1 Décembre 2015
December 1, 2015
By YURI OIWA/ Staff Writer
Eleven people in Fukushima Prefecture aged 18 or younger at the time of the 2011 triple meltdown were recently diagnosed with thyroid cancer, bringing the number of confirmed cases to 115 since the accident at the Fukushima No. 1 nuclear power plant.
Of the 11 new patients diagnosed, who were diagnosed between July and September, two were already suspected of having the disease in the first round of checks that concluded at the end of March last year, the prefectural government announced Nov. 30.
The other nine were identified as suspected cases in the second round of checks, which began in April 2014.
Their diagnoses were established during surgery where thyroid cancer was confirmed.
The Fukushima prefectural government has been conducting health checks on about 380,000 residents who were 18 or younger at the time of the nuclear disaster. The screening was conducted to detect thyroid cancer since young people are susceptible to the disease.
The number of patients with suspected or confirmed cases totaled 114 in the first round of screening, and 39 in the second round, for a total of 153.
Of the 39 suspected or confirmed cases that were reported during the second round, two patients were found to have a tubercle growth during the first round of screening. Doctors believe the lumps then become cancerous.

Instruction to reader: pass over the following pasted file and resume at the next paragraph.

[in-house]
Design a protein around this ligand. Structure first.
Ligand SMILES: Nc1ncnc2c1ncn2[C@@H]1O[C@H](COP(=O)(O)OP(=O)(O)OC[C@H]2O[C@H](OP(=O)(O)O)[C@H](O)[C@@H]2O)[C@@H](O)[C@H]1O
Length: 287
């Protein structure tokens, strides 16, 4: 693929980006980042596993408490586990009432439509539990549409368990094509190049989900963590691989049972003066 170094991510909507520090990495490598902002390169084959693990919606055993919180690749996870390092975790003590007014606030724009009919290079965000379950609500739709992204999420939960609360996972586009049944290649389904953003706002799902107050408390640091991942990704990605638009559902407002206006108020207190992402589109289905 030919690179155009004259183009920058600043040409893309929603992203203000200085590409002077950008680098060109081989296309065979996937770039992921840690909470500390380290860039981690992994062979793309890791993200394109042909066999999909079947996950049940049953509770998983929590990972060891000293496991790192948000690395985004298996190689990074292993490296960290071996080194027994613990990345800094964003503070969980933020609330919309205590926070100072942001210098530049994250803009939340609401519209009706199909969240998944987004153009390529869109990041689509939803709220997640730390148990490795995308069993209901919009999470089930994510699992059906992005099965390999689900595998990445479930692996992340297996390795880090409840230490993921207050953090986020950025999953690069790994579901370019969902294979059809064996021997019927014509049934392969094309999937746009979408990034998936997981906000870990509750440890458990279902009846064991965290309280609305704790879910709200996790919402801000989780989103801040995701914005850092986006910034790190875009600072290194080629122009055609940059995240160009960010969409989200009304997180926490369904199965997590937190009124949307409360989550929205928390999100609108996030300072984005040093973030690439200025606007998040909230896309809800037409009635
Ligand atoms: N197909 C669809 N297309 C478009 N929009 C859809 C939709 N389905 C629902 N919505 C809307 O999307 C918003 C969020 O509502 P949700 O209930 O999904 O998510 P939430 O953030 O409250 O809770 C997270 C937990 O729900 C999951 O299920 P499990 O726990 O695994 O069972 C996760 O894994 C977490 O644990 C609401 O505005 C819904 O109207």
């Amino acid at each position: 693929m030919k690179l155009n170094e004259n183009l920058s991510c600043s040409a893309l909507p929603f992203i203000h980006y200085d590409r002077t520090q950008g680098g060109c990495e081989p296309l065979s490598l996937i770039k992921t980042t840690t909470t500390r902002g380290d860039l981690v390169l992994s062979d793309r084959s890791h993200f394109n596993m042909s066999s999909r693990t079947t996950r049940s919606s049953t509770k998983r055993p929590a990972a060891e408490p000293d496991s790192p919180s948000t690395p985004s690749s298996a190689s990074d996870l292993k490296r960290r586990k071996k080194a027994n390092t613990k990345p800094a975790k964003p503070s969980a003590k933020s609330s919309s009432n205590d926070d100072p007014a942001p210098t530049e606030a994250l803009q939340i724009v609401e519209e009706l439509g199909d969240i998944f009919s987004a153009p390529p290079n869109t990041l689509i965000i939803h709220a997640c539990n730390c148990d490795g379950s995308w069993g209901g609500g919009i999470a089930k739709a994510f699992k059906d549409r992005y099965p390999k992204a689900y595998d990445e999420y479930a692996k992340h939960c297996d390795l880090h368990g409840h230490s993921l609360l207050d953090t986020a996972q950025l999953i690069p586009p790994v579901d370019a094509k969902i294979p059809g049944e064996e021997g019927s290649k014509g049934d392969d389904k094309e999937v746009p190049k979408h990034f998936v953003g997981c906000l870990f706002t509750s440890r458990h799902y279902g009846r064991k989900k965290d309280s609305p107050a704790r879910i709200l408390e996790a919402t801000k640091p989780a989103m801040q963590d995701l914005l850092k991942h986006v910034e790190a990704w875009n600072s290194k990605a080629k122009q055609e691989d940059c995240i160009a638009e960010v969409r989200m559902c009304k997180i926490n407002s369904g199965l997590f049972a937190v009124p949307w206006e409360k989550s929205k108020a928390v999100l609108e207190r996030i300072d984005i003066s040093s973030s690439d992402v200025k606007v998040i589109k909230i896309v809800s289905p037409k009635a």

Of the 39, 19 were cleared during the first round of screening, but apparently developed cancer afterward.
Hokuto Hoshi, who chairs a panel with the prefectural survey, downplayed the possibility that fallout from the Fukushima disaster is the culprit behind the incidences of thyroid cancer among young people.
“As far as our data shows, the estimated internal doses of radiation of Fukushima residents for thyroid glands are lower than those of residents around the Chernobyl nuclear plant,” Hoshi said. “It is unlikely that radiation is responsible for the recently reported thyroid cancer cases, given that there are no reports of cancer among infants, who are particularly susceptible to radiation.”
The prefecture’s screening for thyroid cancer began in autumn 2011 based on findings that thyroid cancer cases increased among children in the aftermath of the 1986 Chernobyl accident in what is now Ukraine.